A short history of snuff
Fra Ramón Pané, a 15th century friar, was invited by Christopher Columbus on his second voyage to the new world. Upon their arrival, Fra Pané was tasked with learning as much as possible about local native customs and morality. He soon found out about rituals which included ingesting tobacco nasally. Tobacco leaves served as a base for a ground powder that the locals called Cahoba. This later became known as snuff in the West. The natives stored it in hollow bones which, looking back, would make them the first snuff set or snuff box.
Columbus returned to Spain and presented his findings to Ferdinand the second and Isabella of Spain. However, tobacco and smoking was looked down upon by the Spanish due to the association it had with the Incas and Aztecs, who were seen as less developed by the Spanish people. It was not until the French ambassador introduced snuff to the French queen Catherine de’ Medici, who first proclaimed its benefits, that snuff gained popularity in Europe. Snuff took over in French high society as a result, and its perceived medicinal properties aided its popularity too. Smoking was less common.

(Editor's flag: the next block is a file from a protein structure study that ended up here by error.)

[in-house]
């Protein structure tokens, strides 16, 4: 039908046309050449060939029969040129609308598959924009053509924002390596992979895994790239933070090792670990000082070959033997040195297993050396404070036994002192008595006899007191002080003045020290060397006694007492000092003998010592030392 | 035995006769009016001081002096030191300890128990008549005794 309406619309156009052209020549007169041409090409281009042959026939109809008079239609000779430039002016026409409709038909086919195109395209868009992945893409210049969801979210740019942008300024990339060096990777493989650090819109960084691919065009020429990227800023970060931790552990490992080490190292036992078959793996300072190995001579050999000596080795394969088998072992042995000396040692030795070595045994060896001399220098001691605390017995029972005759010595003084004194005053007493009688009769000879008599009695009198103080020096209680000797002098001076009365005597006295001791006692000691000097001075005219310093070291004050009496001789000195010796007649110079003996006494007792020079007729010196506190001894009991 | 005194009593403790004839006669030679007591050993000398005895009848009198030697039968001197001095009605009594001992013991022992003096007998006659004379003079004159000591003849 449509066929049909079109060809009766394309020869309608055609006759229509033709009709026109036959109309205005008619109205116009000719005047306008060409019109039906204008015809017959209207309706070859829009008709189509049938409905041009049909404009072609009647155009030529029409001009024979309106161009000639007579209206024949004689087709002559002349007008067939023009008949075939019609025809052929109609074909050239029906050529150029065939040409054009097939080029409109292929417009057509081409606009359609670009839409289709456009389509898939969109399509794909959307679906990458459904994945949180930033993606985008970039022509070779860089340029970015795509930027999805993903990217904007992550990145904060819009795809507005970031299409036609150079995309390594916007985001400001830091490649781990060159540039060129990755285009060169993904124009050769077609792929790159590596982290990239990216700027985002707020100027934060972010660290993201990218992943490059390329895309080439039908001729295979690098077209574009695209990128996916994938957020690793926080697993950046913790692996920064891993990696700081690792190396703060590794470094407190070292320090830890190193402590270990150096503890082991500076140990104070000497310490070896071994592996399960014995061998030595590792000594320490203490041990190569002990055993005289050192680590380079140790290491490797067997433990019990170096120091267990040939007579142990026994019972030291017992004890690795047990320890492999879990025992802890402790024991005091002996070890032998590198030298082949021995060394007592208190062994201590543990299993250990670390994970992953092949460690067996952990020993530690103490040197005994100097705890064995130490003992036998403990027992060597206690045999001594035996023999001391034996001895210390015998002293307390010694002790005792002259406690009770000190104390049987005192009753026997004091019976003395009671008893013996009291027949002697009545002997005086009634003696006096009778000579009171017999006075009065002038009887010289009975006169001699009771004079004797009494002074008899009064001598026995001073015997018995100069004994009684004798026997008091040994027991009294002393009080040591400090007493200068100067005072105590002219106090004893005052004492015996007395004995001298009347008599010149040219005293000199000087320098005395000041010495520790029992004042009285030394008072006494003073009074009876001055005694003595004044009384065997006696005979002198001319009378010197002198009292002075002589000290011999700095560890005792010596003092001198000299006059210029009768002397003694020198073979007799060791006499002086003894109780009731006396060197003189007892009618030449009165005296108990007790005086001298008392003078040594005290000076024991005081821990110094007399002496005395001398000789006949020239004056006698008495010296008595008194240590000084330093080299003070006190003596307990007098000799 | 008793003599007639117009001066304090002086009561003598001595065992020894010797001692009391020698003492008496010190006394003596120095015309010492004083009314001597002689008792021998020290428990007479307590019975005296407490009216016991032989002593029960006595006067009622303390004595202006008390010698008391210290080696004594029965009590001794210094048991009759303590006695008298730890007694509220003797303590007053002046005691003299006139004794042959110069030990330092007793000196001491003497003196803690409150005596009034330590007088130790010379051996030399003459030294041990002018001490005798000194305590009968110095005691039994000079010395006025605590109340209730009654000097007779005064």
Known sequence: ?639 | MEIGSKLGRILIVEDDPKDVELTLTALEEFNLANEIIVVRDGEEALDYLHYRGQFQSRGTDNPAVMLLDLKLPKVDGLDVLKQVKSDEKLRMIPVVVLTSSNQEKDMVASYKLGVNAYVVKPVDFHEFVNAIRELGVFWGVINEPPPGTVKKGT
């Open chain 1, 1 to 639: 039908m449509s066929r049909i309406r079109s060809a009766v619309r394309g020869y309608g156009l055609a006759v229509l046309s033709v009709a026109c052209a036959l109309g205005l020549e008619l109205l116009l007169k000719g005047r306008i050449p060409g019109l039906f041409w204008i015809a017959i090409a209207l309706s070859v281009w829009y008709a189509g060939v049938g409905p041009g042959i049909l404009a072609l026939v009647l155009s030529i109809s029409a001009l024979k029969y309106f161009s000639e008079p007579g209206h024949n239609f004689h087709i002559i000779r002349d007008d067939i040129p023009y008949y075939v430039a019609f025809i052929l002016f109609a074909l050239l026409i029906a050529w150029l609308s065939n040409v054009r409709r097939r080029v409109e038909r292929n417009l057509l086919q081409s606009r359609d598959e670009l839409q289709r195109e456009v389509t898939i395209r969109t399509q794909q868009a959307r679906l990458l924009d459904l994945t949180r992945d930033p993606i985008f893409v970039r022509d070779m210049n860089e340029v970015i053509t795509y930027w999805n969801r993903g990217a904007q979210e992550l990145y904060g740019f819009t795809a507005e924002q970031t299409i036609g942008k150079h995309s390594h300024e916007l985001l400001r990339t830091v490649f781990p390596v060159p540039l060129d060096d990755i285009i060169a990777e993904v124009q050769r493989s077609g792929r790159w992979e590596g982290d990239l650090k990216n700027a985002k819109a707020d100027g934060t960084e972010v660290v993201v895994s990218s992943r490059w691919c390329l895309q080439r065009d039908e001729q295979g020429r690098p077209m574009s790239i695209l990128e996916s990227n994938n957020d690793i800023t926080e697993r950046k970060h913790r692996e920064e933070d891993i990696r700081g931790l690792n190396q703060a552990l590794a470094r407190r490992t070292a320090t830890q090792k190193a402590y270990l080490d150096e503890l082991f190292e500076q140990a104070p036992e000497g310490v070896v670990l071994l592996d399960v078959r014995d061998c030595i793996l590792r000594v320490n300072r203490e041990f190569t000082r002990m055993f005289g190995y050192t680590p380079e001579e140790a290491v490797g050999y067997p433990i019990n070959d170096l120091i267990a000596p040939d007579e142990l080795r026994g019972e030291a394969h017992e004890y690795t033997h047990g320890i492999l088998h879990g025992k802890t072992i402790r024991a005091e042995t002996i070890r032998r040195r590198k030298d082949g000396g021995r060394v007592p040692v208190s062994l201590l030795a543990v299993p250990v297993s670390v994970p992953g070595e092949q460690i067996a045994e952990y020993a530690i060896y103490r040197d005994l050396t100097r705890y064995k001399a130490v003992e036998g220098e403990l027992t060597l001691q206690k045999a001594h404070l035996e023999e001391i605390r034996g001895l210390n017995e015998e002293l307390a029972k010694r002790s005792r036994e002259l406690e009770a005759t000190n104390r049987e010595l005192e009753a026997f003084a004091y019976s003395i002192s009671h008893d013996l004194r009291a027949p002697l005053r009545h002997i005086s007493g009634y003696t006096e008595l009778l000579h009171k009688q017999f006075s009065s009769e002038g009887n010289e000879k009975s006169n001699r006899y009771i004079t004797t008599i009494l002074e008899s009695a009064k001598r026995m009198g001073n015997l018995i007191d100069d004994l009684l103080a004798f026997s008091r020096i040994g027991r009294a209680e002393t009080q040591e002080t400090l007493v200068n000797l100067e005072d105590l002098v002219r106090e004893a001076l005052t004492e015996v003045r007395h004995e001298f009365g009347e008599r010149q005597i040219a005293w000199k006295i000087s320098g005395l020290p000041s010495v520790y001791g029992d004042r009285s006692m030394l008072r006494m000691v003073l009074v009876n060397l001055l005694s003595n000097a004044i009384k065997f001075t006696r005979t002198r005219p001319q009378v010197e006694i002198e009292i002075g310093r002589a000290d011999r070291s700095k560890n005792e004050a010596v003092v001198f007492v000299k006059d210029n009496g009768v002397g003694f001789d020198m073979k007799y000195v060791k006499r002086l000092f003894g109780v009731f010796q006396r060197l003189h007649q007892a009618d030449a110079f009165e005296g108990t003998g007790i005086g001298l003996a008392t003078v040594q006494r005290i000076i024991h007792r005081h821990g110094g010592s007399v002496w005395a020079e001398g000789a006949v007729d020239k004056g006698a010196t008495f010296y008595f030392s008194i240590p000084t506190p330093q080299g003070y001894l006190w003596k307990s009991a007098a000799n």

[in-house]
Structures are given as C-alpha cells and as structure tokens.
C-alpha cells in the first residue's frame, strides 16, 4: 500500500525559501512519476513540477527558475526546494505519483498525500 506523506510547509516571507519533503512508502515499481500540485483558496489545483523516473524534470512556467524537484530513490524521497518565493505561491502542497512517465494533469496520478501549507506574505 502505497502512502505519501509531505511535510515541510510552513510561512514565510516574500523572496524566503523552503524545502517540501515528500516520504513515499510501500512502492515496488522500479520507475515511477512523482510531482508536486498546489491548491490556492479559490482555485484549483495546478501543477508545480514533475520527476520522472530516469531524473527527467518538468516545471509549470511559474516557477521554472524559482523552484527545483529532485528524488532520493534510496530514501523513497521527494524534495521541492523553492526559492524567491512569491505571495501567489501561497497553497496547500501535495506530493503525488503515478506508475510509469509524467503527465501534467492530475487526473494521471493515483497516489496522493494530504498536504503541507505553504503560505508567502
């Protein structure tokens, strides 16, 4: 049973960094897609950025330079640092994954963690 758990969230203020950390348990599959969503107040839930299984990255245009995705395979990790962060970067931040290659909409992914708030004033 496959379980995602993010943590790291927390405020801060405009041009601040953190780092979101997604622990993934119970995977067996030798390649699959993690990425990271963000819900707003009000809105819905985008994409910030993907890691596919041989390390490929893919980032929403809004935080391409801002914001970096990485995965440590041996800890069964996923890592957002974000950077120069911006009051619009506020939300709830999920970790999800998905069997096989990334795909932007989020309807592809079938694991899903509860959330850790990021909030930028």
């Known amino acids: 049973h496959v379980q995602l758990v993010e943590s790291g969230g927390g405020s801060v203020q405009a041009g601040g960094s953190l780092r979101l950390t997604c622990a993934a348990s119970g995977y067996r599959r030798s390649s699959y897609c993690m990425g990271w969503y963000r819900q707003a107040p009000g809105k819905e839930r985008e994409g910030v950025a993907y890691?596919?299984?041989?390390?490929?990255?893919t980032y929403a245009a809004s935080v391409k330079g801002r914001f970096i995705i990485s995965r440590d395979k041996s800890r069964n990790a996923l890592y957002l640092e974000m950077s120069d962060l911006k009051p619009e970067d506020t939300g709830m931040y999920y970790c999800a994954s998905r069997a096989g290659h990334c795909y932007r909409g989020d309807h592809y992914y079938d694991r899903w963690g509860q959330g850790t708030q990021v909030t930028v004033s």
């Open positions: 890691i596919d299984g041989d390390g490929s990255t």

As snuff gained popularity, the church became more accepting, which led snuff to gain more popularity in Spain. The medicinal qualities also helped propel snuff to England, which is evident to this day as a snuff box has sat in the British Houses of Parliament since the 18th century. Due to the history of snuff being an upper class habit, snuff boxes were historically very ornate. Today, you can purchase a snuff kit that has maintained the elegance of a historical snuff box but with a more modern choice of design and materials.
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